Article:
The Mughal emperor Akbar had great faith in his subjects. He believed they were responsible citizens, hard-working, loyal, and honest. His trusted minister Birbal vehemently disagreed. After much heated debate, Birbal informed Akbar that he could prove His Majesty wrong.

Akbar agreed to an experiment.

A royal decree was prepared. It required each and every subject to contribute one glass of milk to a collective pot, which was kept in a secluded spot. They were given a week's time to do the needful.

At the end of the week, Birbal led Akbar to the pot. After much ceremony, the lid was removed.

Akbar was shocked to discover that the content of the pot was more water than milk. "How could this be?" the emperor asked of his minister.

Birbal had a ready answer: "Your majesty, many of your subjects thought: 'If I put a glass of water in the pot, who would be able to tell, with all that milk others are poring in'. So they did just that. Of course, they were a few good men, who shouldered their responsibility, but they were outnumbered by the cheaters."

Moral of the story: If we want milk, we have to shoulder our collective burden. Or we will end up with water.

Salman Rushdie in The Guardian about how anti-americanism is taking the world by storm.

If you plan on using Internet Explorer 6 for your browsing, I suggest you read this CNet article.

"Many have encountered plenty of bugs and a lot of problematic behavior in the new browser -- everything from the way IE 6 plays multimedia files to security holes bigger than the Grand Canyon."

Is this the end of the road?

The tabloid Weekly World News has shut down its online version because:
"We want to see who our true fans are."
"We want to know who loves us."
"We want to keep our jobs."

According to Ed: "I've had enough of this free web crap. When I was a kid, the only thing we got for free was a beating."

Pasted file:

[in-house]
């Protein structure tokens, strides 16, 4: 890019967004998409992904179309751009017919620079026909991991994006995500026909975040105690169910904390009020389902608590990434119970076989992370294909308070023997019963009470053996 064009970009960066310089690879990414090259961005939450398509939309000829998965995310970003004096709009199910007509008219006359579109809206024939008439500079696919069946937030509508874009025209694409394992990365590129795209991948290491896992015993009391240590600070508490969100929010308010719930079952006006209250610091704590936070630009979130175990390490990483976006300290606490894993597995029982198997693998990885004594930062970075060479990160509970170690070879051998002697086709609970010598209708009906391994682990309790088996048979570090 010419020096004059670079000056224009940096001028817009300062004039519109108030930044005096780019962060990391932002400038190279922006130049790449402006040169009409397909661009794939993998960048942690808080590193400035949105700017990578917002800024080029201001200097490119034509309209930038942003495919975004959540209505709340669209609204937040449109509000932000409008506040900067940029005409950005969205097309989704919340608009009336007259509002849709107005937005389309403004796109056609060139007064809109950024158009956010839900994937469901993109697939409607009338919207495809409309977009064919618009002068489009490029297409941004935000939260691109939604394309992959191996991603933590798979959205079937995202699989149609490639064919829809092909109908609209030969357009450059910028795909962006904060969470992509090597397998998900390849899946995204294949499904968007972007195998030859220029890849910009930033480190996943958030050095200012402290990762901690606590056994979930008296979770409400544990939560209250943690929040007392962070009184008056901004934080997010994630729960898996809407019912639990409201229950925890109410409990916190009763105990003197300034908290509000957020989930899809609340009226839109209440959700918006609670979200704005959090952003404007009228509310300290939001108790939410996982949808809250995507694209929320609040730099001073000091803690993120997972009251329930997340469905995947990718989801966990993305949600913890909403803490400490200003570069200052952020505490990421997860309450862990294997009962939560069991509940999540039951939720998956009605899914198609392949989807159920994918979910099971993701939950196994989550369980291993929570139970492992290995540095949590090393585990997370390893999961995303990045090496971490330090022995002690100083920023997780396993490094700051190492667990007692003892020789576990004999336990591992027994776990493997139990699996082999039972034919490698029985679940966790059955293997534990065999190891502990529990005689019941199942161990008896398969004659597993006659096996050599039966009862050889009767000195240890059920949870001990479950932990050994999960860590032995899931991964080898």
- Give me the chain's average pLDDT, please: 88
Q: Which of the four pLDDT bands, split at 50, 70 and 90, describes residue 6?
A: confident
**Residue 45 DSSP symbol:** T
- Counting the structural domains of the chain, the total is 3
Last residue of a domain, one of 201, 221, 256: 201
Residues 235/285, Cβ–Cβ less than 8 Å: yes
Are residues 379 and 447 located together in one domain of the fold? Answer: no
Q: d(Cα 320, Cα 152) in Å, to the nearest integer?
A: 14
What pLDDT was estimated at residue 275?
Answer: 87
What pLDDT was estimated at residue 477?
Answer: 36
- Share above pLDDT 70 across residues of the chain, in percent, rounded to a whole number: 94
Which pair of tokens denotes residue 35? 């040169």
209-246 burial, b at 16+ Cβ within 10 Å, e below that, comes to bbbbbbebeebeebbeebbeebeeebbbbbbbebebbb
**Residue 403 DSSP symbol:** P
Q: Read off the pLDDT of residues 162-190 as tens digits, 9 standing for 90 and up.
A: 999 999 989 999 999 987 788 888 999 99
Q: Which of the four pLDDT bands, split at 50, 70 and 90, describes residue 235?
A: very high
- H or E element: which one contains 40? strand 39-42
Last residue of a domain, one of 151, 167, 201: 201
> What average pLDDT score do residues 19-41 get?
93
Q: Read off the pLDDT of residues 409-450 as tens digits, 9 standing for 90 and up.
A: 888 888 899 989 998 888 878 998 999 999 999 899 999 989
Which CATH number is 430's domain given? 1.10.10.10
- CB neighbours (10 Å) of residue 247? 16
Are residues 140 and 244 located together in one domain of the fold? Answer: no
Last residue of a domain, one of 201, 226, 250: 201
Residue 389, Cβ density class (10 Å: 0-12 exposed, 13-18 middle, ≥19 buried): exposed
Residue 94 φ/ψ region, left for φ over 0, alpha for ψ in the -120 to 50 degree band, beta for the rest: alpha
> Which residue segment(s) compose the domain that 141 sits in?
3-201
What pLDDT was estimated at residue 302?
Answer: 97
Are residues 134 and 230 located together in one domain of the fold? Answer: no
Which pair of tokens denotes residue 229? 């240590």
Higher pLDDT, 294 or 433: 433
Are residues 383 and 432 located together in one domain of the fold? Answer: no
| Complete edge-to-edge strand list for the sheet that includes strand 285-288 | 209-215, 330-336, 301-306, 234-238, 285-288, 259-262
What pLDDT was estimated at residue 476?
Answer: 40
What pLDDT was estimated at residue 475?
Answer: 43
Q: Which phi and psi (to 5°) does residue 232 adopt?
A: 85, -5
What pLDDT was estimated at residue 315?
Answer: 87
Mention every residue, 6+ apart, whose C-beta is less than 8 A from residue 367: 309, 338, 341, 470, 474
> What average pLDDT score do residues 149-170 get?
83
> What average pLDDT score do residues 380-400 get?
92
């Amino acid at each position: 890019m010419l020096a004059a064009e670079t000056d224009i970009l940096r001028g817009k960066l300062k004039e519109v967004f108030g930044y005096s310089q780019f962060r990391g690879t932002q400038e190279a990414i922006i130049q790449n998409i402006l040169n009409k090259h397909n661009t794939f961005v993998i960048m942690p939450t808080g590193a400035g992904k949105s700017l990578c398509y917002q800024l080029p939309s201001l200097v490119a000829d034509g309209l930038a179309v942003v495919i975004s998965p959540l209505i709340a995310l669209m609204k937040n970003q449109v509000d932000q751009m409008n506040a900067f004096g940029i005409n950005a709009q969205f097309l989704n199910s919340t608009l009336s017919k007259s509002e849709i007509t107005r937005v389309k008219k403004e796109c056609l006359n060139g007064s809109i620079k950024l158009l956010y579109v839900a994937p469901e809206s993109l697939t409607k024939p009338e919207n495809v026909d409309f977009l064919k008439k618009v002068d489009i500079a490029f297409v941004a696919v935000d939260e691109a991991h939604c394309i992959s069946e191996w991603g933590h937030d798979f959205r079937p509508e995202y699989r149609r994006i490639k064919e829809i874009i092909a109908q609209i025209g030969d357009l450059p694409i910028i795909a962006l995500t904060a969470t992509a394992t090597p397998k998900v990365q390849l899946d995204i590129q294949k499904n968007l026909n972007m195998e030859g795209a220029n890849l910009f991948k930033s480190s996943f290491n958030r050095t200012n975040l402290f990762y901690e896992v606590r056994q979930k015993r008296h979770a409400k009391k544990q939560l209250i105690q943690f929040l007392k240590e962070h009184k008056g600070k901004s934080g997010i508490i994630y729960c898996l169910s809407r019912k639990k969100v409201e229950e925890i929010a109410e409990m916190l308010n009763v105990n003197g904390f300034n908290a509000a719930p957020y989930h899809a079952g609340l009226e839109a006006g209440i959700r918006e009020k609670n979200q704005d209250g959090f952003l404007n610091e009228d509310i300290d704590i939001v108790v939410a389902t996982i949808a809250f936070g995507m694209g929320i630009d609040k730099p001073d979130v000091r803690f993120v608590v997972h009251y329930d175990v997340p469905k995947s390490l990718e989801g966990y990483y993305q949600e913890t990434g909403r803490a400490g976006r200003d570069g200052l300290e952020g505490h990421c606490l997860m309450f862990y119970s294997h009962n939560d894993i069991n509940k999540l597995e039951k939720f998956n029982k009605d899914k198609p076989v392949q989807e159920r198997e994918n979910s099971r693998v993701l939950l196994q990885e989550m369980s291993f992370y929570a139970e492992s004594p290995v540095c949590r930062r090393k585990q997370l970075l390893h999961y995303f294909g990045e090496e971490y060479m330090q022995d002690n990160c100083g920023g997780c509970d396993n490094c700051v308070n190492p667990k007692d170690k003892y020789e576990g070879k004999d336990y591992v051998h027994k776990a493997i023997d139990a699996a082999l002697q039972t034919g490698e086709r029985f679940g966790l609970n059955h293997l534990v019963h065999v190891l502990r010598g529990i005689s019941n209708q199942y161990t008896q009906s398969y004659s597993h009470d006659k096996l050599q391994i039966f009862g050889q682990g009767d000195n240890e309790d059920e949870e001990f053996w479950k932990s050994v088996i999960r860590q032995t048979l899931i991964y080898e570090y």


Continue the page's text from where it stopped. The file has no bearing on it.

Link found on Metafilter

The heaviest responsibility is a collective one

This is my thought for the day, as a follow up on my posts about voting.

The Real Reason Why I Haven't Voted

Mea Culpa: I have never voted in my life.

Not because I considered it a waste of time. But because I have led a such nomadic existence that the people who compile the electoral rolls must have had trouble keeping up with my peregrinations (isn't that a nice word :)

I was born in Chennai. Till my fifth standard I lived in Bandra, once called the queen of Mumbai's suburbs. I did my sixth standard in Mangalore, my seventh in Goa, the rest of my schooling and the first year of my junior college in Mangalore, and I completed my graduation in Mumbai.

In the 18 years that I have been in this city, I have lived with my parents in rented houses in Juhu, Andheri and Sahar (till my graduation); with my cousin in Antop Hill (when I was in that twilight zone between graduation and getting a job); at a community hostel in Kurla; at a bachelor's pad in Kamgar Nagar, Kurla; back for a brief stay at the community hostel, when my lease ran out; post-marriage I have already stayed in three houses: one at Malad, one at Dahisar, and finally I have come to settle down -- ah, what a relief -- in my own little home in Kandivli (read my posts about Home Sweet Home).

I have always wondered how it would feel like to vote. I have always envied that dot on fingertips of all those around me. I have always wanted to be part of the world's greatest and largest electoral process.

Maybe I will vote some day soon (I am slowly accumulating all the trappings of an identity: a driver's license, a passport, a ration card, a statistic in the census, an ownership agreement on my home, a PAN card... so a voter's ID may not be such a distant dream) Maybe it will be on an electronic voting machine. Maybe my candidate will win the elections and change the world... Maybe...

But for now, I urge you guys to go out there and cast your vote, however futile you may consider the process to be.